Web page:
Persons, Property, and the Corporation: A Proposal for a New Paradigm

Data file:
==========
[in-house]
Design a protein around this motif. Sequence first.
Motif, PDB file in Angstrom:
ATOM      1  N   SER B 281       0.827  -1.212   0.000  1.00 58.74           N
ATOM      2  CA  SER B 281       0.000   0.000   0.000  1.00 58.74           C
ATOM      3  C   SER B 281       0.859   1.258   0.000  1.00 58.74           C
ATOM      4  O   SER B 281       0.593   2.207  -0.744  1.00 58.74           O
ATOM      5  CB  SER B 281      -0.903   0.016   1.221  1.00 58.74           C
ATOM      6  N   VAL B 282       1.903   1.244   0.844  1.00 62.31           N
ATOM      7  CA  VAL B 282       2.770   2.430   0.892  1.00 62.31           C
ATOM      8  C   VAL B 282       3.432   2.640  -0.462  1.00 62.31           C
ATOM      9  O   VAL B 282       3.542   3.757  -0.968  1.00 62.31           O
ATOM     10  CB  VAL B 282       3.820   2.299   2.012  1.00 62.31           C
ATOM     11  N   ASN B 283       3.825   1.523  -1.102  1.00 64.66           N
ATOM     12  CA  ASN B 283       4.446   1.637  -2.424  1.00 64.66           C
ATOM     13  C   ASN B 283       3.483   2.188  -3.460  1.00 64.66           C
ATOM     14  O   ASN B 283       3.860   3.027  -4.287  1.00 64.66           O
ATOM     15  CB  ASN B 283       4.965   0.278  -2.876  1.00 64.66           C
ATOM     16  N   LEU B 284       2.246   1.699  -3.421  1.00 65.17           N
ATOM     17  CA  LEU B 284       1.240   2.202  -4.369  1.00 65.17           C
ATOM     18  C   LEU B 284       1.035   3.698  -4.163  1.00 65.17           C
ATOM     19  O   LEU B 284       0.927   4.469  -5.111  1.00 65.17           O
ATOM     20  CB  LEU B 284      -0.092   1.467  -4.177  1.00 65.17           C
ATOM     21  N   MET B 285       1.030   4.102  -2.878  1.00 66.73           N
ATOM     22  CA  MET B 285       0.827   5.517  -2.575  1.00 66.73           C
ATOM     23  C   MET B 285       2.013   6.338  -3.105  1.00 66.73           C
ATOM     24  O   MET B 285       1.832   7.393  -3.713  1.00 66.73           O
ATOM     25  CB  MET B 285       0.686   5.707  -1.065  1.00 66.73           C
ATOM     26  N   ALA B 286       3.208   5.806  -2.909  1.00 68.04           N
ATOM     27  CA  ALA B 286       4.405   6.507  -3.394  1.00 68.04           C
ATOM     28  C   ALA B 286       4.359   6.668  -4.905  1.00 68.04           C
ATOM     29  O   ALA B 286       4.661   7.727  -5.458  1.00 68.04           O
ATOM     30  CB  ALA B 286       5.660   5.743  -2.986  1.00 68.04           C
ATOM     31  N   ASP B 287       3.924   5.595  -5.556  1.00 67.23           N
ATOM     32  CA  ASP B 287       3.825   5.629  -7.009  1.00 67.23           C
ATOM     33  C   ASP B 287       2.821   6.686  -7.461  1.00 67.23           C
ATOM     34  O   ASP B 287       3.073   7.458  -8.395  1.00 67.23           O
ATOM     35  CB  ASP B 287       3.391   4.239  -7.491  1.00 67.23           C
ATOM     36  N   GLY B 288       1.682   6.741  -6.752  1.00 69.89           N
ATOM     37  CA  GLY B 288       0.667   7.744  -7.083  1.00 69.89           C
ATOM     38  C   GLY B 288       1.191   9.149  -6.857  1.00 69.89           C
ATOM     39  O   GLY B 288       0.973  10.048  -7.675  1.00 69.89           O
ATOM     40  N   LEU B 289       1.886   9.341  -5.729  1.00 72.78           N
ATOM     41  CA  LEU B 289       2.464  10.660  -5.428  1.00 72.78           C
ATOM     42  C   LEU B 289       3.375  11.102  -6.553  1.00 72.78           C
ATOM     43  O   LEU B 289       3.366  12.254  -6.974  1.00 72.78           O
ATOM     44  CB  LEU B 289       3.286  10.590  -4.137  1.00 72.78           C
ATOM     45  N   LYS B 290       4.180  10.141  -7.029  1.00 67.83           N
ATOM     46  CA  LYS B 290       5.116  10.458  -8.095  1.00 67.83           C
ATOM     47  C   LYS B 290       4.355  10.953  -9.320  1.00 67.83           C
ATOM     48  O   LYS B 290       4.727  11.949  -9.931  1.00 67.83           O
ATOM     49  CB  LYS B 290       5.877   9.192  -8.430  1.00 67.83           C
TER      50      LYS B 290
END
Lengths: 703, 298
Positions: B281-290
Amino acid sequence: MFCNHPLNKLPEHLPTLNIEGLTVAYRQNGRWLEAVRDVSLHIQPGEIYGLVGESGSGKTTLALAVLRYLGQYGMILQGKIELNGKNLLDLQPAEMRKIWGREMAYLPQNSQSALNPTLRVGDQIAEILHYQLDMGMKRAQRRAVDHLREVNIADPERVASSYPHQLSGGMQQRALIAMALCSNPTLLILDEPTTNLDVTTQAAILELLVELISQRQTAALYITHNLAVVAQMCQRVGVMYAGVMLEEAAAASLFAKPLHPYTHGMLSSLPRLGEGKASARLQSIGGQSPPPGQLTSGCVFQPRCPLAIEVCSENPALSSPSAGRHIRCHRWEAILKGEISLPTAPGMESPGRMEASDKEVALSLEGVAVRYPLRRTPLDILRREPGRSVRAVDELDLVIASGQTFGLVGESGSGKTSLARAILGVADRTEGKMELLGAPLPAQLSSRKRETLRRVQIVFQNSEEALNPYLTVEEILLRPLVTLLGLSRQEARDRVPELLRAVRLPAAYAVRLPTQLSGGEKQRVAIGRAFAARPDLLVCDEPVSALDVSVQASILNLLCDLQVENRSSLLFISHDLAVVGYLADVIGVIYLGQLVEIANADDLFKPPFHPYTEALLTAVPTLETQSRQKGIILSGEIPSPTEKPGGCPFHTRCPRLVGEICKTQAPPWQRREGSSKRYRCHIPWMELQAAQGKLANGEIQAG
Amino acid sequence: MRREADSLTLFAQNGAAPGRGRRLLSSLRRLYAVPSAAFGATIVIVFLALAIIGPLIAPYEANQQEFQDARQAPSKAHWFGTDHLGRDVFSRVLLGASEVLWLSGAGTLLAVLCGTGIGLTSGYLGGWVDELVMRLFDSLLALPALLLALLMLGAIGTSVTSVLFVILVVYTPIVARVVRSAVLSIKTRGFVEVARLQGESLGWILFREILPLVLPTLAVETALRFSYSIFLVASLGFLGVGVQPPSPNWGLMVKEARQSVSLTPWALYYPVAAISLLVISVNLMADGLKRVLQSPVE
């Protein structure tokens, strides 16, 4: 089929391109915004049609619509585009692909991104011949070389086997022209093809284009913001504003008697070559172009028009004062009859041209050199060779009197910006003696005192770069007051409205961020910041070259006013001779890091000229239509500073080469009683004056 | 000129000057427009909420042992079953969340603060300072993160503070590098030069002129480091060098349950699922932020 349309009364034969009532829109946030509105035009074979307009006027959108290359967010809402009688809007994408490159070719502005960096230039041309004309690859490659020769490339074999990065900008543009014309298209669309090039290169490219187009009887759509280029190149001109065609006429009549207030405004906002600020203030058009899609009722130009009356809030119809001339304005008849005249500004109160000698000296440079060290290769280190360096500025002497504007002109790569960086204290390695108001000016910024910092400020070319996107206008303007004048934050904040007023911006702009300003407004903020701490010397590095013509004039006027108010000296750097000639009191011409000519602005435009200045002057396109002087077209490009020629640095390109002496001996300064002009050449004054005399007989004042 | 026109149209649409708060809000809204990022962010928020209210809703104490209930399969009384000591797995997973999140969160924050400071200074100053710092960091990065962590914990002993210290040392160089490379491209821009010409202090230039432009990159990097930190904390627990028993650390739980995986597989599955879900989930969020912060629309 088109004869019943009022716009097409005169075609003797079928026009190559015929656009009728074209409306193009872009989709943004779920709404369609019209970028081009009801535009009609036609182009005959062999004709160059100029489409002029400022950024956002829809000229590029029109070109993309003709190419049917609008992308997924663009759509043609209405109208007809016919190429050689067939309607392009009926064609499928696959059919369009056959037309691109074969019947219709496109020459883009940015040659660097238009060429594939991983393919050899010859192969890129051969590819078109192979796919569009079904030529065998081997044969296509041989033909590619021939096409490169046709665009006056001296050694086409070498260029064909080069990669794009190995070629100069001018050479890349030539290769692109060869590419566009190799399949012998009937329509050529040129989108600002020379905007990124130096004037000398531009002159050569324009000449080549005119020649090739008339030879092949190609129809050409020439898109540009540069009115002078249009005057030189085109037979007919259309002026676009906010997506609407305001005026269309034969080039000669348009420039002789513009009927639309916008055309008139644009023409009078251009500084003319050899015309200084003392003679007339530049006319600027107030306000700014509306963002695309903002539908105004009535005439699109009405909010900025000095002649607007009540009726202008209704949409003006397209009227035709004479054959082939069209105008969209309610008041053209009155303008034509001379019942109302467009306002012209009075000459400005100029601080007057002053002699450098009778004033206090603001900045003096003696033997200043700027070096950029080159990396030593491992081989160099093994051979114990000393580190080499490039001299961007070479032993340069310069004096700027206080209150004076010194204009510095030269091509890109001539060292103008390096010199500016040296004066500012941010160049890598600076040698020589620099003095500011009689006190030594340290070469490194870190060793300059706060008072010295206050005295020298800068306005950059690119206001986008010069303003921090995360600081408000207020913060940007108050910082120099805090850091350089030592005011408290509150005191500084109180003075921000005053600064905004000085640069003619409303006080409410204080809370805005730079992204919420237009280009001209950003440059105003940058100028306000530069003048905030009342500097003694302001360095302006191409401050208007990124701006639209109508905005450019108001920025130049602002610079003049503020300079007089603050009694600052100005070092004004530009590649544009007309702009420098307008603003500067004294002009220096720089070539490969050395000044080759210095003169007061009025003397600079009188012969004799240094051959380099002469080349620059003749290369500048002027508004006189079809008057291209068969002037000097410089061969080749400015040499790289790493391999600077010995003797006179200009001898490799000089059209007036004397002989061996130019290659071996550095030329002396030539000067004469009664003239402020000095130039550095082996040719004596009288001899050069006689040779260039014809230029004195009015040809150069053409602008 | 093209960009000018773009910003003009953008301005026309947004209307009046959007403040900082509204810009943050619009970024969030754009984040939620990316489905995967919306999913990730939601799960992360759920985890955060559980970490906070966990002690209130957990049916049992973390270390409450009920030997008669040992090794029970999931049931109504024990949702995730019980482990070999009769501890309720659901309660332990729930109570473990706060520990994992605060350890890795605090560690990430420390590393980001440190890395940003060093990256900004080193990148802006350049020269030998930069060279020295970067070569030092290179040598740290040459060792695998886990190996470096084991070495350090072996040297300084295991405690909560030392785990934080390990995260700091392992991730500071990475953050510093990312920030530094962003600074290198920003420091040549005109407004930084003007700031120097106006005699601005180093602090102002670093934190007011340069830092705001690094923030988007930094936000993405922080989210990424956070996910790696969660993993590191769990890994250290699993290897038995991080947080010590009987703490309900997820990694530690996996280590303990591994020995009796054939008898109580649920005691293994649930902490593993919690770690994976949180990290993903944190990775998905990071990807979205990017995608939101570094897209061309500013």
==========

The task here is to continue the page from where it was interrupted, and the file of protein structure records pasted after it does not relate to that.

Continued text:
Fundamental to our legal system is the distinction between “persons” and “property.” The distinction, roughly put, is one between that which “acts” and that which is “acted upon.” The essentially active nature of the person is evident from the law’s conception of the person as the subject of rights and duties. Rights and duties, after all, imply an active subject, one who may exercise privileges and fulfill obligations. Similarly, the notion of property2 as an entity “acted upon” or essentially passive is also readily apparent. Central to the law’s definition of property is its susceptibility to ownership. The traditional notion of ownership entails control. As a controlled entity, property is acted upon by those who exercise control, i.e., its owners.